Also published on this date: Shelf Awareness for Wednesday, March 20, 2013

Wednesday, March 20, 2013: Maximum Shelf: The Execution of Noa P. Singleton


Crown: The Execution of Noa P. Singleton by Elizabeth Silver

Crown: The Execution of Noa P. Singleton by Elizabeth L. Silver

Crown: The Execution of Noa P. Singleton by Elizabeth L. Silver

Crown: The Execution of Noa P. Singleton by Elizabeth L. Silver

The Execution of Noa P. Singleton

by Elizabeth Silver

As titles go, Elizabeth L. Silver's The Execution of Noa P. Singleton is bluntly straightforward, and the directness continues as Noa introduces herself to us from death row in the Pennsylvania Institute for Women, where she's been sentenced after the murder of Sarah Dixon. Her guilt is never in question: "I know I did it," she says. "The state knows I did it, though they never asked why... I was lucid, attentive, mentally sound, and pumped with a single cup of decaffeinated yellow zinger tea when I pulled the trigger. Post-conviction, I never contested that once."

And yet, six months before her scheduled execution, Noa receives a visit from Oliver Stansted, a British attorney doing a stint at a nonprofit organization specializing in death row cases. She's not interested in his help, until he mentions that his boss is Marlene Dixon, Sarah's mother--who petitioned the court vigorously for the death penalty at Noa's sentencing. Ten years later, though, Marlene has created Mothers Against Death, or M.A.D. ("Isn't that a drunk driving group?" Noa scoffs), in an effort to secure clemency for her daughter's killer.

At this point, the straightforwardness ends. It's clear from their initial conversation that both Noa and Marlene are holding back from each other--and from Oliver--and Silver dedicates the novel to exposing their secrets. Some of the revelations come early; it's not giving much away, for example, to let you know that Marlene isn't really acting from a newfound compassion--if anything, she wants to make Noa's life worse. "Noa will never see the light of day," she assures Sarah in the first of several letters spilling out her thoughts. Life imprisonment, Marlene believes is, "a far worse punishment for taking you away than getting to leave this life before me."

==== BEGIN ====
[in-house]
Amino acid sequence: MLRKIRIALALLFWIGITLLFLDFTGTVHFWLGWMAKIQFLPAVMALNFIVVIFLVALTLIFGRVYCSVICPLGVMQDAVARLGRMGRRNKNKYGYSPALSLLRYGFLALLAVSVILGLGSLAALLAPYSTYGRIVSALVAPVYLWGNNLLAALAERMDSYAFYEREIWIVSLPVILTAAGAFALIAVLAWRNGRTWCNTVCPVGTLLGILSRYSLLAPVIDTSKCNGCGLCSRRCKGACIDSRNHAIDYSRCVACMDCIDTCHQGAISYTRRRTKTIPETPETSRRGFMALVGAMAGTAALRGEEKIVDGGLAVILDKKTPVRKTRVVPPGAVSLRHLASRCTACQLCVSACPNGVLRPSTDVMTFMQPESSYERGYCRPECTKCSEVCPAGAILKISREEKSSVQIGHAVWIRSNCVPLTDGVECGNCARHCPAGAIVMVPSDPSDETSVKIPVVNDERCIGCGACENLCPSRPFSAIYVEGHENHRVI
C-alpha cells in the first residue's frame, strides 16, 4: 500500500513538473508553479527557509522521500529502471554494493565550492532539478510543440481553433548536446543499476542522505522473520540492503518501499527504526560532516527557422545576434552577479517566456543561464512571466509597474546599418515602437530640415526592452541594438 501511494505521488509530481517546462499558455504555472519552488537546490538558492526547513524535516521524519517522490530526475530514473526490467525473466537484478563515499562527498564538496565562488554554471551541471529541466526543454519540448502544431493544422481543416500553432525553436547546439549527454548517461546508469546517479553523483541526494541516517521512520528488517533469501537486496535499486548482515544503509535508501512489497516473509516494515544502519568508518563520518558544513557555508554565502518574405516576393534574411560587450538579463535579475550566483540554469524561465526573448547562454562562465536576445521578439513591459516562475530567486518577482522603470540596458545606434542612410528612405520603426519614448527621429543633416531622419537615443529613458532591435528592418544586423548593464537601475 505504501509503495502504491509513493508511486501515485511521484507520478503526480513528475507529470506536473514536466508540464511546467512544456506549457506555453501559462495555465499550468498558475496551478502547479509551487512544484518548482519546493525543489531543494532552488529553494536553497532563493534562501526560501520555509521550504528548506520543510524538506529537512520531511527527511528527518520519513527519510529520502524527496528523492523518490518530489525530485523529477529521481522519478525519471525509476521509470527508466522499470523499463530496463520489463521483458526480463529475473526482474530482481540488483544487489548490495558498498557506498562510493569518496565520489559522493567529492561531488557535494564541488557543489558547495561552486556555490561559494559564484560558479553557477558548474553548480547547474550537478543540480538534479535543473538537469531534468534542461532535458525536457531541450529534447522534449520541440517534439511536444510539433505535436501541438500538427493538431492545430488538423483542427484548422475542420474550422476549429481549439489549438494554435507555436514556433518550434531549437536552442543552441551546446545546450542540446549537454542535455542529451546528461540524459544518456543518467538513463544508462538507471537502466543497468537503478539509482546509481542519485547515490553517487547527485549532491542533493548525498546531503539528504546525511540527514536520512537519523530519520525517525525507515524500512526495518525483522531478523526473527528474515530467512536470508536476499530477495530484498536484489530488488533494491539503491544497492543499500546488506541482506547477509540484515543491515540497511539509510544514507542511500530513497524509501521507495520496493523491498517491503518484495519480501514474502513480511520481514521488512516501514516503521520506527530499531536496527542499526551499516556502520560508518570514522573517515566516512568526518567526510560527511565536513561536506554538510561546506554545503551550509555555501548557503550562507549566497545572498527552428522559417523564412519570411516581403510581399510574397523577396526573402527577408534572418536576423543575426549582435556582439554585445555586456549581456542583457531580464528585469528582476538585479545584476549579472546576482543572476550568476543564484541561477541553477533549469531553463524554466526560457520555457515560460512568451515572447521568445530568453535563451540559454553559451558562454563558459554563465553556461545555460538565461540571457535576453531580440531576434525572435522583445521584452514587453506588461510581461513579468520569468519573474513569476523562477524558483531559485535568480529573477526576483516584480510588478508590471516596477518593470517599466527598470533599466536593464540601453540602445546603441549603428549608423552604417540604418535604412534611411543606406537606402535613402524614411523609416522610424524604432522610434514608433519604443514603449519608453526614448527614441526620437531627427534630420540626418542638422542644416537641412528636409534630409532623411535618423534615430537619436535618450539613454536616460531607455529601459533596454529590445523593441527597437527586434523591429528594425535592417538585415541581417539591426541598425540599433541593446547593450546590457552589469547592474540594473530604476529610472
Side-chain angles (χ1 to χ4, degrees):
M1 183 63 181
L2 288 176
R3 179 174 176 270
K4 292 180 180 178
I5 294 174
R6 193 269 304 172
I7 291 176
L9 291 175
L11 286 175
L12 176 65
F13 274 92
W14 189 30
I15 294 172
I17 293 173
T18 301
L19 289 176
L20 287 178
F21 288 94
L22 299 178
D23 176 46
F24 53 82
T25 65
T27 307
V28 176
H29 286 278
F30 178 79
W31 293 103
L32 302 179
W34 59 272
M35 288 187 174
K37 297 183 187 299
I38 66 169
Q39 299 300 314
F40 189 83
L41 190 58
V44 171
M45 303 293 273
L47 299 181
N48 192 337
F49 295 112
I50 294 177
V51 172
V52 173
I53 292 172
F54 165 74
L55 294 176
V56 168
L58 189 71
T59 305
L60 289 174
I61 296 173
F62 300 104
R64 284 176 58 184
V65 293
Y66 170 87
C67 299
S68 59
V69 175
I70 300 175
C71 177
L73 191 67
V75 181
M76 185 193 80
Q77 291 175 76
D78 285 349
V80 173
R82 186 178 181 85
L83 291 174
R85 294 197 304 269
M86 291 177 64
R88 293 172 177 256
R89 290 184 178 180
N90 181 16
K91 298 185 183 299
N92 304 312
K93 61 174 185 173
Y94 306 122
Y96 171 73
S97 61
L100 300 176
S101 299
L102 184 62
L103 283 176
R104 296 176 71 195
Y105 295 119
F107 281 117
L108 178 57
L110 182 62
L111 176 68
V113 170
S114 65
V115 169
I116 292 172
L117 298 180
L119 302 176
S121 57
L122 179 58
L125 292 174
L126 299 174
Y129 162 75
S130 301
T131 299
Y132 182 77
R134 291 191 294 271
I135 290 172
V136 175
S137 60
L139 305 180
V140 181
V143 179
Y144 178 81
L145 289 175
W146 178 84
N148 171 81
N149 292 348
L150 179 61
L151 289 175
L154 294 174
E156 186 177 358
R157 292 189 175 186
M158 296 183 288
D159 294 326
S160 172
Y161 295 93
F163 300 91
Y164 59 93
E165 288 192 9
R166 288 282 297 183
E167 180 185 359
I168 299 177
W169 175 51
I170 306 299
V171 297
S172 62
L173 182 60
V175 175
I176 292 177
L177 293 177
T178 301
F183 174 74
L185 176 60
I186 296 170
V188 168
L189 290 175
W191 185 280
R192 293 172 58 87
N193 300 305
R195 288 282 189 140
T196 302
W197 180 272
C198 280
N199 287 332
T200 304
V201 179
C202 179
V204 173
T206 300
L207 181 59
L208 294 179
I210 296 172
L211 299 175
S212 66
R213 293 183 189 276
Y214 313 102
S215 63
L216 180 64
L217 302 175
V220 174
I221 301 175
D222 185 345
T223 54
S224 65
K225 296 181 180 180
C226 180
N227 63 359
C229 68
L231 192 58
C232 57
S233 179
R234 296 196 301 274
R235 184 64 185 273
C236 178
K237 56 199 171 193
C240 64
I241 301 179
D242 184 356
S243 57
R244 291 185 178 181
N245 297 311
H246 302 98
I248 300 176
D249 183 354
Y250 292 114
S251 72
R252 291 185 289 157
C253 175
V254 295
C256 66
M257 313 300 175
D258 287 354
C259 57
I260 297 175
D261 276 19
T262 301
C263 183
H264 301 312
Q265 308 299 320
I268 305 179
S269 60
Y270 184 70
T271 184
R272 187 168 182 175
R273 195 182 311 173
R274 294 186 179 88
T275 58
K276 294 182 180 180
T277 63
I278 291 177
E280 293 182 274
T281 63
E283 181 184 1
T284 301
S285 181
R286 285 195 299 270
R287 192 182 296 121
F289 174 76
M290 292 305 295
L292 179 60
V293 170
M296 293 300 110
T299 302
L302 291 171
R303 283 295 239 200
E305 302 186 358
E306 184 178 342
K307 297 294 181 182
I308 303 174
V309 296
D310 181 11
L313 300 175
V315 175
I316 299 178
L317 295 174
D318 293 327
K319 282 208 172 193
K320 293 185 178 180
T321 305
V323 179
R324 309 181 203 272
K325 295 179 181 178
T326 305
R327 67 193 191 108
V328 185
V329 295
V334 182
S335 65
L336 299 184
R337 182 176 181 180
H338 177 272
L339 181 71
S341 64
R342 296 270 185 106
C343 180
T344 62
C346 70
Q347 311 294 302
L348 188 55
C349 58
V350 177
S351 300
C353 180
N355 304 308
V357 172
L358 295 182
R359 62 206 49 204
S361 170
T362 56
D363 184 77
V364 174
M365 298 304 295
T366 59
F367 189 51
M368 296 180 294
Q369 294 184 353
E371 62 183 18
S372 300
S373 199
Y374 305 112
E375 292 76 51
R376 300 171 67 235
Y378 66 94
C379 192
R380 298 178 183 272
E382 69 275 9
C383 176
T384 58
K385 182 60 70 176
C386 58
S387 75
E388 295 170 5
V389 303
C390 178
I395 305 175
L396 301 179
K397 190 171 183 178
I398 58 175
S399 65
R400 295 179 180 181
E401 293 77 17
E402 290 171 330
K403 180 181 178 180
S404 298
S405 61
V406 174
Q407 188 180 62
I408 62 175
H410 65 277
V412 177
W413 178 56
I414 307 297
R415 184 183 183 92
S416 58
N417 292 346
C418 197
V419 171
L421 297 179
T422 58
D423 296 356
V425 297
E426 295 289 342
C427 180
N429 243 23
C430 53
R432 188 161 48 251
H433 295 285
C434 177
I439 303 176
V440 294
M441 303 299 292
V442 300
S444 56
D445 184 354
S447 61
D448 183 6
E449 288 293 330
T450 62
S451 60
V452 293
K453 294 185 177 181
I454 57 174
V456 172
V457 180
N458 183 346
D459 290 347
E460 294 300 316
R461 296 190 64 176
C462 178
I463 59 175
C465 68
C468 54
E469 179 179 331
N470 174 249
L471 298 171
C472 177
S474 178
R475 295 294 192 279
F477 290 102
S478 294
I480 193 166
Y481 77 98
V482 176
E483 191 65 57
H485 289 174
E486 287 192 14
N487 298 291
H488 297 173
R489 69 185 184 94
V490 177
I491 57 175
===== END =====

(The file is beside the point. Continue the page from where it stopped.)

Marlene's letters serve as a punctuation to Noa's telling of her life story--and, as with so many gallows broadsides, she's got quite the story to tell. "The only child of Miss Teenage California 1970 and a weeklong sperm donor whose name my mother claimed she couldn't recall," Noa's earliest memory is of being dropped on her head at the age of 10 months, an accident which her mother covers up by calling in a phony robbery. A paramedic assures Noa's mom that she's just suffered a bruise; in reality, she informs us, "my arm never properly healed."

After a childhood and adolescence of similar not-so-benign neglect, Noa graduates salutatorian from her high school and receives a postcard from her father in Philadelphia. She enrolls at the University of Pennsylvania, though her college career is cut short by a horrific accident that approaches the status of an urban legend among her fellow undergraduates. Then, after a string of hang-up calls, her estranged father finally gets in touch. Noa approaches the reunion as cynically as you might expect under the circumstances, but that's not why the situation deteriorates until it starts to echo a classical tragedy.

Though Noa's story is ultimately tragic, it is flecked with dark humor, from her mother's string of "athletic" boyfriends ("and by runners, I mean competitive speed-walkers") to the moment in her trial when a police officer established her hardened criminal tendencies by recounting how she shoplifted a pack of gum and a bra as a teenager. From her cell, Noa comments on her fellow inmates and braces herself for the inevitable outcome, meditating on such matters as her final meal: "To be honest, I think I'm choosing [escargot] because I want to watch everyone mispronounce it."

Because Noa's guilt is never in question, The Execution of Noa P. Singleton depends on her strength as a character--and, to a lesser extent, Marlene's--to keep us caring about the story long enough to get to the why of Sarah's death, and Silver works hard to establish Noa as a sympathetic anti-heroine, to help us understand why Noa has accepted the outcome of her trial without resistance. "America is not against the death penalty," Noa says. "And to be honest, I'm not entirely certain I am, either." But why does Noa believe that she deserves to die, and why does she eventually allow Oliver to raise her hopes--even just a little? And what secrets is she taking with her to the grave? With her debut novel, Silver gives Noa a voice powerful enough to make us want to know the answers. --Ron Hogan